2014 Yamaha WR250R review | Dual Sport Motorcycle Review

2014 Yamaha WR250R review | Dual Sport Motorcycle Review
There are few motorcycles that resonate through the generations quite like the quarter-litre dual-sport bike. Yamaha got the ball rolling in 1968 with the iconic DT-1 Enduro, and the 2014 Yamaha WR250R is the latest pole-carrier in the 46-year-old on-and-off-road relay. Neither a dirt bike with lights nor a street bike capable of anything tougher than a dirt road, the Yamaha WR250R does a lot of things well, but one thing is great: creating fun. As a dirt bike, the 2014 Yamaha WR250R can handle USFS Triple Black Diamond Trails-place few adventure bikes, and you can link together trail systems separated by paved roads that require a license plate. On the highway, the fuel-injected little thumper can power through its two-gallon tank while cruising non-stop at 85 mph over flat terrain without a hitch. Around town, the WR250R is a wonderfully nimble machine with a 36.6-inch seat height that gives you a bird’s-eye view of your surroundings. If you need to jump a curb or two, well, the 21-inch front wheel and toe-to-toe ground clearance come in handy. But, there is a flip side to all of these attributes. In the dirt, at 295 pounds wet, the WR250R is light for a modern 250cc dual-sport bike, but heavy for an all-mountain bike (40 pounds heavier than the dirt-only Yamaha WR250F), plus the suspension is smooth and the high gear. Operated on the highway, fuel economy drops and you don’t have much acceleration in reserve at 65mph or more, plus it’s a little jumpy and windy at high speeds. In town, this seat height can be intimidating for the uninitiated under 6 feet tall. So, as with any dual-sport bike, it’s all about managing expectations and playing to your strengths. For city driving, there’s hardly any place you can’t go. Now that’s a double-edged sword, as the Yamaha WR250R tempts you to ride in places that aren’t exactly legal. If there’s that short walking path between streets, especially in a hilly area, it’s hard to resist the urge to take it. Just downshift a gear or two and hit the throttle. The WR250R’s fuel-injected engine runs flawlessly and will take you through those pothole-infested alleys, on the service road for train tracks, up or down a few steps, and between those pesky K-rails that don’t have to. only be there to keep cars out. Narrow, mobile and responsive, plus semi-knobby Bridgestone Trail Wing tyres, mean urban off-roading is great fun – just watch out for the police and don’t mention our name if you get caught. Around town, the suspension is plush enough to keep you comfortable. If you set the sag to the right, which is about 100mm, the practical seat height drops nearly four inches to a more manageable elevation. Bridgestone Trail Wings aren’t supermoto tires, but they’re predictable and comfortable. When they slip, they do so predictably. One of the tests was a high-speed 130-mile round trip on congested but fast highways in Los Angeles and Orange County. Granted, the WR250R can keep up with all but the fastest traffic. Above 85 mph acceleration is sluggish, so you lose some of your ability to dodge sloppy drivers. It leaves you vulnerable, as does the busy feel of the WR and the lack of a substantial bike under you. The seat and frame are slim – a plus off-road – so you feel like you’re on a fast bike rather than a normal street bike. This is great for threading the needle when traffic gets heavy and heavy. Brakes and tires are fine, but you have to keep their limitations in mind. It’s the WR’s weakest point, but that’s to be expected: it’s a 250cc single-cylinder! Perhaps the highlight of the WR250R is its off-road capability. Sometimes we ride dual-sport bikes more on the road, but in the case of the 2014 Yamaha WR250R, we did quite a bit of trail riding. The chassis is cast and forged aluminum, with an asymmetrical cast and extruded aluminum swingarm. Front and rear, the suspension is fully adjustable for damping and spring preload. That all sounds good, but the WR250R chassis is still only “inspired” (to use Yamaha’s word) by the YZ-F and WR-F off-road bikes. . So it’s not in the same class as KTM’s and Beta’s dual-sport bikes—they’re race bikes with lights, whereas it’s decidedly a fun trail bike that’s also street legal. The good news is that you can take it on some very gnarly technical trails. If the routes you prefer have traction issues, swap out the Trail Wing tires for real knobbies, and it’ll be the extra boost you need. There may be times when the WR250R’s EPA-restricted engine isn’t as prominent as you’d like on long, hard climbs, but those situations will likely be very rare for the typical WR250R owner. For sane trail riders not interested in training for a Hard Enduro, the WR250R is perfectly capable of hanging on in inhospitable circumstances. Now, for casual rides on those lesser trails, the 2014 Yamaha WR250R is a joy to ride. The weight is there and it never goes away, but the narrow chassis feels good and the suspension has better damping and action than you’d expect. This means the WR is demanding on technical trails and you can steer it around a turn with confidence. As the trails open up, the WR’s suspension will gobble up everything but whoops—no jumps allowed. On fast, rocky trails, again, it performs far better than any type of adventure bike or low-end trail bike. That 10+ inches of travel comes in handy, and you can tune the damping to your liking. Heavier riders will firm it up a bit – casual riders should resist the temptation to tone things down, as this will take away some of the handling accuracy. Dirt roads can be tricky unless you slip on the reservoir. Try going a little fast without Body English and you’ll quickly lose the front end. However, with your increased weight, the front holds up well, even on hard dirt with a loose layer on top. Braking is good on the street, and completely controllable and linear on the dirt. On loose descents, Trail Wing tires have their limits. Again, if you’re serious about the WR250R in the dirt, real buttons are a must. Engine protection is marginal, so consider a heavy-duty skid plate if rocks and rough riding are the order of the day. Ergonomics are excellent on the WR250R. You get an aggressive seating position, with the narrow seat and frame you want. The pegs are decent and the foot controls are impeccable. We would replace the steel bars with an aluminum pair—any bend changes would be strictly to taste. If you don’t need them for the driving you’re doing, the mirrors remove in seconds. The LCD taillight is more durable and integrated than most, and the turn signals will survive most low-speed drops. Also, a guard for the front wave rotor would be a good idea for the dirt guys. The long muffler is quiet and doesn’t get in the way, but it’s heavy and it’s a small tailpipe. Two brothers, Yoshimura, LeoVince and FMF all make great slip-on replacements. Yosh also makes a rear fender eliminator kit. The magic of dual-sport motorcycles is in their ability to do a wide range of things well, even if they still fall short of a purpose-built bike. In the case of the 2014 Yamaha WR250R, it does a number of things a little better than the average 250cc dual-sport bike. It’s a bit more expensive than the competition, but it gives you fully adjustable suspension, an aluminum frame and a fuel-injected engine—three features you only see on the WR250R. If that’s the kind of dual-sport motorcycle you’re looking for, Yamaha built it.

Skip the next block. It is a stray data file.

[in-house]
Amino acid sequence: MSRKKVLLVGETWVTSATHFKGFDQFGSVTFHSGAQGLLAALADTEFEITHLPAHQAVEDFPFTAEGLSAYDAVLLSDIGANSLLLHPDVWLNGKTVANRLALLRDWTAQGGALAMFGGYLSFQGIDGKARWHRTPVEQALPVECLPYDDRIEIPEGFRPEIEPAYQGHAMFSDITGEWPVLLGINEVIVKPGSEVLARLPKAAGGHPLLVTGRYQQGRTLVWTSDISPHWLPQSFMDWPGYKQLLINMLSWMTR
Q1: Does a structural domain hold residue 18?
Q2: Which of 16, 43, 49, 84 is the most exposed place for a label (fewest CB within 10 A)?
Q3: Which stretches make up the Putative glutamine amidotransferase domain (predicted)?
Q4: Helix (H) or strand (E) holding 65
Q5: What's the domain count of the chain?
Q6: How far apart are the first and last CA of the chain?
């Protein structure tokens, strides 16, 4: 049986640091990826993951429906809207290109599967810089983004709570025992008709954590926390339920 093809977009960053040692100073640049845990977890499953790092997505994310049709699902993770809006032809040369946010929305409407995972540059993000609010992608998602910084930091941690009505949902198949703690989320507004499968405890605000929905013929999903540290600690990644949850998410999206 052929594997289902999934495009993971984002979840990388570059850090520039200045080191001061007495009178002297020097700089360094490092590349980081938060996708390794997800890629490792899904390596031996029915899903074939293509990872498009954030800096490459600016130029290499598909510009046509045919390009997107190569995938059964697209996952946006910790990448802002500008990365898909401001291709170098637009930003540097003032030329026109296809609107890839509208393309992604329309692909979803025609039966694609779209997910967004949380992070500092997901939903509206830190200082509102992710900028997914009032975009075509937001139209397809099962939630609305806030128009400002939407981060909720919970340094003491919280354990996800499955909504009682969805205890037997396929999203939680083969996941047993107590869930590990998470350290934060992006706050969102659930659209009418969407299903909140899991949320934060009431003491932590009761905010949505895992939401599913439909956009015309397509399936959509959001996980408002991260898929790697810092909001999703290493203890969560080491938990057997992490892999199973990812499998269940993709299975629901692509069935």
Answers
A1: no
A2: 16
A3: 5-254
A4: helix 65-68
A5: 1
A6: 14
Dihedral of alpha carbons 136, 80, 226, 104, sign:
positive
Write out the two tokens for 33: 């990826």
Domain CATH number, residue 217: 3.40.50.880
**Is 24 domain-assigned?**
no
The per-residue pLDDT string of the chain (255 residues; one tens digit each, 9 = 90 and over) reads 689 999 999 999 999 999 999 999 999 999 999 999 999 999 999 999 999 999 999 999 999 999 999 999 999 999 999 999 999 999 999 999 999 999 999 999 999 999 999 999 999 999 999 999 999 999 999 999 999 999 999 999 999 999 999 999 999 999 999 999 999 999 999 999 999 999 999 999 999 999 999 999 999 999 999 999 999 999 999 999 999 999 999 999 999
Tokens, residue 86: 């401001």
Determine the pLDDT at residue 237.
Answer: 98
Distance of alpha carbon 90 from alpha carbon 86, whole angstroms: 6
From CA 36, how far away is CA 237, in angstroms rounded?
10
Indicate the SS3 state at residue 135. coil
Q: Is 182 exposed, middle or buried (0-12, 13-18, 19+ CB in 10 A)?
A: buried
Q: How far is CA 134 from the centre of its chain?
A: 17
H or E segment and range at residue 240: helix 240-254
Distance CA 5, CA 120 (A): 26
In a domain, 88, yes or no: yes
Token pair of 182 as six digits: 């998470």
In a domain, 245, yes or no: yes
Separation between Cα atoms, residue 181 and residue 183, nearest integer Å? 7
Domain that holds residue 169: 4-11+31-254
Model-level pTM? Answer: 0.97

Photography by Kelly Callan
Driving style
Helmet: HJC RPHA-X Matte Black
Protective glasses: Progrip
Communications: UClear HBC100 Plus
Pants, jersey and gloves: Strike shift
Banana bag: Motion Pro T6 Tool Pack
Knee pads: Alpinestars Fluid Tech Carbon Knee Brace
Socks: Axo MX Keith Haring Flag
Boots: Sidi Crossfire

Yamaha WR250R 2014 Characteristics

Engine…Liquid-cooled, 4-valve, DOHC 4-stroke;
Bore x stroke…77.0 x 53.6mm
Compression ratio…11.8:1
Fuel Delivery…EFI
Ignition…TCI with direct ignition coil
Transmission…6-speed constant mesh with multi-disc wet clutch
Front suspension… Inverted fork; fully adjustable, 10.6″ travel
Rear suspension… Single shock absorber hitch; fully adjustable, 10.6″ travel
Front brake…Single 250mm hydraulic disc
Rear brake…Single 230mm hydraulic disc
Front tire…Bridgestone Trail Wing TW301, 80/100-21
Rear tire…Bridgestone Trail Wing TW302, 120/80-18
Length x width x height… 85.6 x 31.9 x 48.4 inches
Seat height…36.6 inches
Wheelbase…55.9 inches
Ground clearance…11.8 inches
Fuel capacity…2.0 gallons (CA model – 1.9 gallons)
Estimated fuel economy…71 mpg
Wet weight…295 pounds
Color…Team Yamaha Blue/White
2014 Yamaha WR250R MSRP…$6690.